Healing the border with words
by Susan J. TweitDenise Chávez believes that art can — and should — make a difference in everyday lives. "Why is the arts community so mute?" asks Chávez. "On the one hand, it’s a terrible time — people are so fearful, afraid of each other, afraid of people who are different, afraid to learn something new. But it’s also a great time — in all crises, opportunities appear."
That’s why Chávez, an award-winning novelist, is trying to yank literature out of its comfortable niche in bookstores and coffeehouses, and use it to bind the bitter wounds of La Frontera, the U.S.-Mexican border.
On a scorching July afternoon in 1994, Chávez invited local writers to join her at the old Fountain Theatre in Mesilla, just outside her native town, Las Cruces. There, Chávez, already celebrated as a playwright, actress, and one of "Las Girlfriends," a group of rising Latina literary stars, outlined her vision.
She imagined a reading series that would bring literature to the places that needed it most, ranging from colonias — the unplanned settlements of shacks along the border — to prisons and women’s shelters (HCN, 3/12/01: Hung out to dry). She envisioned a book festival that would attract nationally known writers, artists, and publishers to a region that was culturally rich, but financially impoverished.
"Who will help?" she remembers asking, and hands shot up. Thus was born the Border Book Festival, dedicated to uniting a divided region through words and culture.
Today, the book festival is readying for its 12th run. Its Emerging Voices workshops have reached hundreds of writers in schools, community centers, colonias, and prisons. It has attracted standing-room-only audiences to hear Sandra Cisneros, Alice Walker and Tony Hillerman, along with other writers whose voices are less well known but just as rich and compelling.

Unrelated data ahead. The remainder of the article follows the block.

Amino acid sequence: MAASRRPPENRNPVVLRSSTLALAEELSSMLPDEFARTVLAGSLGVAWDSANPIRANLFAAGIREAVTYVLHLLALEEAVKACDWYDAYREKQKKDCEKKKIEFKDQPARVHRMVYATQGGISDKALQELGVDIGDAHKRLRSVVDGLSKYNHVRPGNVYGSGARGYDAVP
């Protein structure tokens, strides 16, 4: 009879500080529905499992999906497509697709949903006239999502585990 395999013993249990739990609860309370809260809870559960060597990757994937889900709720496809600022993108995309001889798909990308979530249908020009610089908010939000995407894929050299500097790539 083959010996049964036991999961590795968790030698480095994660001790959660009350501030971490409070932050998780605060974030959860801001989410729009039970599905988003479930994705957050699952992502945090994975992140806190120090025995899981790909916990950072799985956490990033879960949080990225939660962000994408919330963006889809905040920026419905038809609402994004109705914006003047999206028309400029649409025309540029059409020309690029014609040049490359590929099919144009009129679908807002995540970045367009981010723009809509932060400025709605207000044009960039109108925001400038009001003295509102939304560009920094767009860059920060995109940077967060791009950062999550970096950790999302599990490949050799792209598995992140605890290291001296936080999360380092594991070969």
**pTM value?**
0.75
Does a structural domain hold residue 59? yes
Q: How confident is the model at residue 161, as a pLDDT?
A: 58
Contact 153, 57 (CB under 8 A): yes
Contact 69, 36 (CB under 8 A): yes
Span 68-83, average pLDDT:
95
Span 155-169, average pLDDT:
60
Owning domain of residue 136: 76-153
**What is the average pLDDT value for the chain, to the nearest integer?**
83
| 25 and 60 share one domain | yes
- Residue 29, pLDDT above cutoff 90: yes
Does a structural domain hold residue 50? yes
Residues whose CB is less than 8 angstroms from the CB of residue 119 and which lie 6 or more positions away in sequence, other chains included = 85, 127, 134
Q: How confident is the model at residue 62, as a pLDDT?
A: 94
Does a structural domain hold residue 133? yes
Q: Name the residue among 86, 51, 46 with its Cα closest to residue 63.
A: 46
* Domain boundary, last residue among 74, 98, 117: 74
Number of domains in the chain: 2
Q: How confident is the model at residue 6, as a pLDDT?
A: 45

Surviving budget crises, board mutinies, and migrations from venue to venue, the Border Book Festival has remained true to its motto — Leer Es Vivir, To Read is To Live. It still follows the strategy Chávez articulated on that hot afternoon in Mesilla: to use border culture, from food to literature, to erase boundaries, enlightening people "one taco at a time."
Today, the festival and its outreach programs have found a home in Mesilla’s former D.C. Frietze Grocery Store, one of the area’s oldest adobe buildings. There, Chávez and other dedicated volunteers run the Cultural Center of Mesilla, a combination bookstore, library, festival office, and education center. Chávez continually hatches ideas for new programs, such as "Tacos 101," a public series featuring chefs cooking and discoursing on the origins of characteristic Mexican food. She recently pioneered Lucha Libre, a daylong celebration of the Mexican masked wrestling tradition.
Chávez’s mother was a teacher who prized language; her father was a lawyer who was mentored by legendary New Mexico Sen. Dennis Chávez (for whom she is named). She grew up in the 1950s, when it was not chic to be Latina, when Southwest culture and art were not cool, and when there was a stigma to being raised by a divorced, working mother.
Chávez made her literary reputation by exploring the perils and blessings of her culture and home landscape; her novel Face of an Angel won the American Book Award in 1995. With the Border Book Festival, and now the Cultural Center of Mesilla, she seeks to heal the region’s divisions, and nurture its gifts.
"The U.S.-Mexican border is an edge, a diverse place, a place of great energy, not a place to fear," says Chávez. "Seeing the border differently is what the Border Book Festival is all about."